William Tyndale was a brilliant man, proficient in Hebrew and Greek. His passion was to produce an English version of the Bible. A passion he would pay for with his life. Tyndale said: “It hath pleased God to send unto our Englishmen, even to as many as genuinely desire it, the Scripture in their mother tongue.”
His first English translation of the New Testament was smuggled into England. It was hotly debated among church officials, who called it “perilous and made for an evil purpose.” By 1536, Tyndale was condemned as a heretic and given an opportunity to recant. When he refused, he was strangled and set on fire.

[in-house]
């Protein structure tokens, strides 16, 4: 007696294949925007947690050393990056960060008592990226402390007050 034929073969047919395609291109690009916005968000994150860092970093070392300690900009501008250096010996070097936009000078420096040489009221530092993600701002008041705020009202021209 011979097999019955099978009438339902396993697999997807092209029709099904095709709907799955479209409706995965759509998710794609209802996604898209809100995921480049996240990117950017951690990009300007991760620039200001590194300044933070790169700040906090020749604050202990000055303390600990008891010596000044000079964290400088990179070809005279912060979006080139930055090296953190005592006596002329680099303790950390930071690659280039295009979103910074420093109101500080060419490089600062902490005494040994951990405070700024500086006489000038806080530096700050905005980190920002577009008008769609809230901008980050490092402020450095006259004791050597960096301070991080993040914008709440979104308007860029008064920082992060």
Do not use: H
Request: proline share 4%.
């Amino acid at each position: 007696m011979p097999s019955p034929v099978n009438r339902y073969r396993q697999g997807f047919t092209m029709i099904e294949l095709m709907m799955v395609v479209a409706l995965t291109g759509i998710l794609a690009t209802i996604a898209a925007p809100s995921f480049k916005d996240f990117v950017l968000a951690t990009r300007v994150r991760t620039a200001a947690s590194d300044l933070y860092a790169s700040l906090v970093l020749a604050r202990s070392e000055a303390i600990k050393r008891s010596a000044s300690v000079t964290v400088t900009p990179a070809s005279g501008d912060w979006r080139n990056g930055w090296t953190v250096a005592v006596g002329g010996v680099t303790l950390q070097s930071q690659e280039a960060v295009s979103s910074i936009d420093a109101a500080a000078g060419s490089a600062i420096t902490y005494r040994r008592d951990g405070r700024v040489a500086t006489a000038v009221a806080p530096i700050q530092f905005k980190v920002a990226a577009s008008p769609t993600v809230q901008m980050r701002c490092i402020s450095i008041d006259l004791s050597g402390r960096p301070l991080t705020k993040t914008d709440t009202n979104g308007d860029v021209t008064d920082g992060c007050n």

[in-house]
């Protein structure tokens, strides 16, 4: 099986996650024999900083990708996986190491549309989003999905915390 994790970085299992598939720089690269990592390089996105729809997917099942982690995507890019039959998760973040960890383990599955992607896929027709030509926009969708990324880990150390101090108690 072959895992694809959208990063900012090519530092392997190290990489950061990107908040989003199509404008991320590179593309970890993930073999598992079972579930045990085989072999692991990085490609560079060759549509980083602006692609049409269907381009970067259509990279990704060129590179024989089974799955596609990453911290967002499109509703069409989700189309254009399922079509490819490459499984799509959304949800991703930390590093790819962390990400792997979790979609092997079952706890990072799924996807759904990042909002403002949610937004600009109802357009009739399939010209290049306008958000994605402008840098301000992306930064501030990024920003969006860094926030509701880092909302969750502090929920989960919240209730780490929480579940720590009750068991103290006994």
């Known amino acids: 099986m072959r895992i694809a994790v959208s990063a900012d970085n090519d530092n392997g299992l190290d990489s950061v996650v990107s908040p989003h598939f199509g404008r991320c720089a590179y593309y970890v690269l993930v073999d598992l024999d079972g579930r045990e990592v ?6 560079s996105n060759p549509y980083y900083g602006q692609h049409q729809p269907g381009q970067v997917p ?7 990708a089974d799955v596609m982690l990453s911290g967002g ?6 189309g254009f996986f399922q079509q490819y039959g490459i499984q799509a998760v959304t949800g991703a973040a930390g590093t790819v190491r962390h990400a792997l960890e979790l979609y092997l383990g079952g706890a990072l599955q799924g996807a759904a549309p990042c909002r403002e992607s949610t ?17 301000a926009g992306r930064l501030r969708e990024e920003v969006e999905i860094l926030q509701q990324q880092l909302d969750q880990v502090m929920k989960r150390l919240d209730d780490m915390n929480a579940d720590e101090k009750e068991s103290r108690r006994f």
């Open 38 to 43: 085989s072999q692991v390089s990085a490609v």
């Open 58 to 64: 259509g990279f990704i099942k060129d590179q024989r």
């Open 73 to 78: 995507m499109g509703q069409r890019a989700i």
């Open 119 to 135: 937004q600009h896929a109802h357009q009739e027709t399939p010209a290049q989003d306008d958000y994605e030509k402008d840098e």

To learn more about the Protestant Reformation visit www.museumofthebible.org/reformation.